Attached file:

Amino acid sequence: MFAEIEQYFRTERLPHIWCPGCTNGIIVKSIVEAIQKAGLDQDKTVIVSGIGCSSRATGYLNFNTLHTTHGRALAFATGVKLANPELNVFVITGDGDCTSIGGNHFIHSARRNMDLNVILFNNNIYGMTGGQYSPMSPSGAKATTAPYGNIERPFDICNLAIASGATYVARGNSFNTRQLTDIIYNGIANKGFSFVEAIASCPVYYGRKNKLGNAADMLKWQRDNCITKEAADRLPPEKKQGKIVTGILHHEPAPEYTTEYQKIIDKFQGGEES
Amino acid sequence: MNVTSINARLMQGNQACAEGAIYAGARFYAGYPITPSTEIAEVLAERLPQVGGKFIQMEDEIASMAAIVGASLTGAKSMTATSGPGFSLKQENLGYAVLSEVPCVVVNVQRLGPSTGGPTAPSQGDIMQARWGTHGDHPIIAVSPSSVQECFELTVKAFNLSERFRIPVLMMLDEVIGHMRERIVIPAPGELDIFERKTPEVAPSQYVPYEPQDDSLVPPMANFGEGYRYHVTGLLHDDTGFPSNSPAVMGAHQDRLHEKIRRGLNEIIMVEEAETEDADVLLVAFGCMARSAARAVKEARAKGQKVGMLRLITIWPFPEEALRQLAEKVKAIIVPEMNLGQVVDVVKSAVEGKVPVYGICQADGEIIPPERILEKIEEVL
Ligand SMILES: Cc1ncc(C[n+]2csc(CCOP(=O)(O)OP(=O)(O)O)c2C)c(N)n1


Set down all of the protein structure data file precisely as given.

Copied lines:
Amino acid sequence: MFAEIEQYFRTERLPHIWCPGCTNGIIVKSIVEAIQKAGLDQDKTVIVSGIGCSSRATGYLNFNTLHTTHGRALAFATGVKLANPELNVFVITGDGDCTSIGGNHFIHSARRNMDLNVILFNNNIYGMTGGQYSPMSPSGAKATTAPYGNIERPFDICNLAIASGATYVARGNSFNTRQLTDIIYNGIANKGFSFVEAIASCPVYYGRKNKLGNAADMLKWQRDNCITKEAADRLPPEKKQGKIVTGILHHEPAPEYTTEYQKIIDKFQGGEES
Amino acid sequence: MNVTSINARLMQGNQACAEGAIYAGARFYAGYPITPSTEIAEVLAERLPQVGGKFIQMEDEIASMAAIVGASLTGAKSMTATSGPGFSLKQENLGYAVLSEVPCVVVNVQRLGPSTGGPTAPSQGDIMQARWGTHGDHPIIAVSPSSVQECFELTVKAFNLSERFRIPVLMMLDEVIGHMRERIVIPAPGELDIFERKTPEVAPSQYVPYEPQDDSLVPPMANFGEGYRYHVTGLLHDDTGFPSNSPAVMGAHQDRLHEKIRRGLNEIIMVEEAETEDADVLLVAFGCMARSAARAVKEARAKGQKVGMLRLITIWPFPEEALRQLAEKVKAIIVPEMNLGQVVDVVKSAVEGKVPVYGICQADGEIIPPERILEKIEEVL
Ligand SMILES: Cc1ncc(C[n+]2csc(CCOP(=O)(O)OP(=O)(O)O)c2C)c(N)n1